• If you’ve never left home and have only lived close to home with familiar people and places, then I would find a placement closer to family/friends to help comfort you during this transition period.
  • If you’ve only moved to a new city for college or graduate school that’s completely different.  You experience the rigors of a DPT/PTA program together through presentations, projects, case studies, exams, and practicals.  It’s kind of like hazing and only your classmates will truly understand your PT problem struggles.  Through your experiences, you develop a support system. Depending on the work culture, your co-workers may or may not be interested in hanging out outside of work.

I’m an advocate for doing whatever is best for you. Travel therapy isn’t for everyone.  Like any experience, it can be what you want it to be.  You must have a recruiter that will listen and be your champion.  Some recruiters may throw you into any position to fill a void even if it is nothing that you want.

Still thinking about working as a Traveling PT? Perfect! Stay tuned for my next blogpost on the general outline for the process of Travel PT.

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What is a Vagabonding DPT?

According to the Mirriam-Webster’s Dictionary, a vagabond is defined as “a person who wanders from place to place without a home” and a DPT is a Doctor of Physical Therapy.  Although this simplified definition implies a wanderer who lacks direction, this couldn’t be further from the truth. Let’s dissect and debunk this definition.

Myth One: Vagabonding DPTs have no home. . Home is where I celebrate milestones and holidays with loved ones.  No matter how far I’ve traveled, home is where my family resides: San Bruno, CA. This suburb is perfectly situated by the ocean and just south of that beautiful city by the bay, San Francisco.  It’s where I learned how to fly a kite despite the fog.  It’s where I learned to drive and navigate through one-way streets and parallel park on hills.  It’s where the only season that exists is spring. The Bay Area is where family and friends from near and far come to visit to see the Golden Gate Bridge, Pier 39, Lombard Street, Chinatown, Palace of Fine Arts, Muir Woods, Napa Valley, Monterey Bay, and Fisherman’s Wharf.  I am incredibly blessed to call the Bay Area, my home.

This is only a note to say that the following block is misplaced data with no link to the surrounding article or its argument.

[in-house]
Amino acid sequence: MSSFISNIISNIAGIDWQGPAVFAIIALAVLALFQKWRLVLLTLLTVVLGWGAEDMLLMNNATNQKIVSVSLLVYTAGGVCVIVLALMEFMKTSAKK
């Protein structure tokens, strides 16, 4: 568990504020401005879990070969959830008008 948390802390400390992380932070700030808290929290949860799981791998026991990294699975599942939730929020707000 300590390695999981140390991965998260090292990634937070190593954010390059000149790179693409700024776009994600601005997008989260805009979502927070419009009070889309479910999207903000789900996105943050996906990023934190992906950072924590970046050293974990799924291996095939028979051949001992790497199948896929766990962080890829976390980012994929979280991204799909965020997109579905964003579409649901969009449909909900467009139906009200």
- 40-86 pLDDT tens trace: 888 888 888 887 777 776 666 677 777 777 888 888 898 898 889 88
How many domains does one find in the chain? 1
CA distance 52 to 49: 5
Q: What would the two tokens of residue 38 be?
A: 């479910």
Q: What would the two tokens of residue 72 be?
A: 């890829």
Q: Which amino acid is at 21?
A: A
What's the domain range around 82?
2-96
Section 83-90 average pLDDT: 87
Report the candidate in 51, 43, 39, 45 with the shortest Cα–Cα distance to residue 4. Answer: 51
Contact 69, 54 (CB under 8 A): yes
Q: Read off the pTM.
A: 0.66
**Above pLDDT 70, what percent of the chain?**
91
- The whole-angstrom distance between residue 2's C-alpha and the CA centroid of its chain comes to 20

Myth Two: Vagabonding DPTs are jobless. I am a traveling physical therapist, which means I work with my recruiter to secure short-term contracts.  I always have the option to schedule contracts back-to-back or extend my contracts pending my availability.  I also have the flexibility to take time off at my own discretion.  With the higher pay rate of traveling physical therapists, I can also save money for the time between my contracts to pursue my passion for travel and service. It’s seriously a millenial’s dream come true!

Myth Three: Vagabonding DPTs are wanderers, lacking direction.  Some choose to say wandering, I prefer to say that I’m on a constant journey of exploration and self-discovery.  I am an advocate for unorthodox approaches to employment.  I choose to create experiences that force me out of my comfort zone.  This could be working at a SNF in a small town in Texas with a population of 1,200 residents or co-treating for a week with a Physical Therapist in Peru without an interpreter.  Yes, these stories are true.  With each opportunity, I learned, I made memories, and strengthened relationships.  This embodies the very definition of a Vagabonding DPT.   “If you want something you’ve never had, then you’ve got to do something you’ve never done.”

A Vagabonding DPT is a doctor of physical therapy who is in constant pursuit of learning and manifests the ultimate raw human experience. At the end of the day, there’s nothing more powerful than a smile, a helping hand, and an open heart.

From this blog, you will gain insight into:

  1. Traveling therapy from a new grad’s perspective
  2. International service learning trips,
  3. Global travel for leisure

Embrace the life of a Vagabonding DPT.  Subscribe today and be part of the movement!